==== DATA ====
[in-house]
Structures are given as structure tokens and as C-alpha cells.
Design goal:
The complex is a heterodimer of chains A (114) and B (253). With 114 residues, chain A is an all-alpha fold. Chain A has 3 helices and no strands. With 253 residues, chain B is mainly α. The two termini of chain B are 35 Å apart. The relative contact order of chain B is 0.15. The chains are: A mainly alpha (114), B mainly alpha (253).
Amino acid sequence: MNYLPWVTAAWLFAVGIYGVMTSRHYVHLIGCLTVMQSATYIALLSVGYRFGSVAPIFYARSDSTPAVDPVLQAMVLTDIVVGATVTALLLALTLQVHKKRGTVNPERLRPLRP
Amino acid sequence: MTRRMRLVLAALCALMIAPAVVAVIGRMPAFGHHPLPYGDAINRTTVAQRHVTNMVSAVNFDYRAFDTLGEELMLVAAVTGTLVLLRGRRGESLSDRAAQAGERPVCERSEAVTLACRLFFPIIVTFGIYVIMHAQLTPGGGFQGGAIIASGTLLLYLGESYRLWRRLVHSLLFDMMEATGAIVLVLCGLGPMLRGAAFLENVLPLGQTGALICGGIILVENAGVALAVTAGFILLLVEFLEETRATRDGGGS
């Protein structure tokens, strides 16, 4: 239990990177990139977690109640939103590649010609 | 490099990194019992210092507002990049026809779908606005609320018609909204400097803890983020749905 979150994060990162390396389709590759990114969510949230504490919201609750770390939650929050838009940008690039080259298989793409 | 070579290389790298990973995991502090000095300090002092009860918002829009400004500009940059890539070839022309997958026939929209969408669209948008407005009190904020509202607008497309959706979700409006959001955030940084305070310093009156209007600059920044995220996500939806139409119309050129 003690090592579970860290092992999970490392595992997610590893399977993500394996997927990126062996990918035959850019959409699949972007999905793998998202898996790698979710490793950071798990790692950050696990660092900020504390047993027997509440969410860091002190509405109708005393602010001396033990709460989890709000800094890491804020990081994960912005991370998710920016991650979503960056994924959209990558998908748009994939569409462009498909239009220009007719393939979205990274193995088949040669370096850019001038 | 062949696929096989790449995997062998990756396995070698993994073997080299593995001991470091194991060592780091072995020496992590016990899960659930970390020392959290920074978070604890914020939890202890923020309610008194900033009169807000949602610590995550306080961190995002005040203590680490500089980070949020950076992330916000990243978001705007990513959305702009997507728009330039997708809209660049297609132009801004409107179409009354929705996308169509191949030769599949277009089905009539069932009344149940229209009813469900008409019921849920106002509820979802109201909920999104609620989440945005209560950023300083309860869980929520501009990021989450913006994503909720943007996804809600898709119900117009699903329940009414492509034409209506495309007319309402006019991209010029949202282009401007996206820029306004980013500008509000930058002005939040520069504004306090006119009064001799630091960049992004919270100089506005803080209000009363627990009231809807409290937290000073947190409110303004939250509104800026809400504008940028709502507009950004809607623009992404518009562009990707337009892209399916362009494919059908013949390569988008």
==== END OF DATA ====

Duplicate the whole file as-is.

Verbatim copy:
[in-house]
Structures are given as structure tokens and as C-alpha cells.
Design goal:
The complex is a heterodimer of chains A (114) and B (253). With 114 residues, chain A is an all-alpha fold. Chain A has 3 helices and no strands. With 253 residues, chain B is mainly α. The two termini of chain B are 35 Å apart. The relative contact order of chain B is 0.15. The chains are: A mainly alpha (114), B mainly alpha (253).
Amino acid sequence: MNYLPWVTAAWLFAVGIYGVMTSRHYVHLIGCLTVMQSATYIALLSVGYRFGSVAPIFYARSDSTPAVDPVLQAMVLTDIVVGATVTALLLALTLQVHKKRGTVNPERLRPLRP
Amino acid sequence: MTRRMRLVLAALCALMIAPAVVAVIGRMPAFGHHPLPYGDAINRTTVAQRHVTNMVSAVNFDYRAFDTLGEELMLVAAVTGTLVLLRGRRGESLSDRAAQAGERPVCERSEAVTLACRLFFPIIVTFGIYVIMHAQLTPGGGFQGGAIIASGTLLLYLGESYRLWRRLVHSLLFDMMEATGAIVLVLCGLGPMLRGAAFLENVLPLGQTGALICGGIILVENAGVALAVTAGFILLLVEFLEETRATRDGGGS
């Protein structure tokens, strides 16, 4: 239990990177990139977690109640939103590649010609 | 490099990194019992210092507002990049026809779908606005609320018609909204400097803890983020749905 979150994060990162390396389709590759990114969510949230504490919201609750770390939650929050838009940008690039080259298989793409 | 070579290389790298990973995991502090000095300090002092009860918002829009400004500009940059890539070839022309997958026939929209969408669209948008407005009190904020509202607008497309959706979700409006959001955030940084305070310093009156209007600059920044995220996500939806139409119309050129 003690090592579970860290092992999970490392595992997610590893399977993500394996997927990126062996990918035959850019959409699949972007999905793998998202898996790698979710490793950071798990790692950050696990660092900020504390047993027997509440969410860091002190509405109708005393602010001396033990709460989890709000800094890491804020990081994960912005991370998710920016991650979503960056994924959209990558998908748009994939569409462009498909239009220009007719393939979205990274193995088949040669370096850019001038 | 062949696929096989790449995997062998990756396995070698993994073997080299593995001991470091194991060592780091072995020496992590016990899960659930970390020392959290920074978070604890914020939890202890923020309610008194900033009169807000949602610590995550306080961190995002005040203590680490500089980070949020950076992330916000990243978001705007990513959305702009997507728009330039997708809209660049297609132009801004409107179409009354929705996308169509191949030769599949277009089905009539069932009344149940229209009813469900008409019921849920106002509820979802109201909920999104609620989440945005209560950023300083309860869980929520501009990021989450913006994503909720943007996804809600898709119900117009699903329940009414492509034409209506495309007319309402006019991209010029949202282009401007996206820029306004980013500008509000930058002005939040520069504004306090006119009064001799630091960049992004919270100089506005803080209000009363627990009231809807409290937290000073947190409110303004939250509104800026809400504008940028709502507009950004809607623009992404518009562009990707337009892209399916362009494919059908013949390569988008």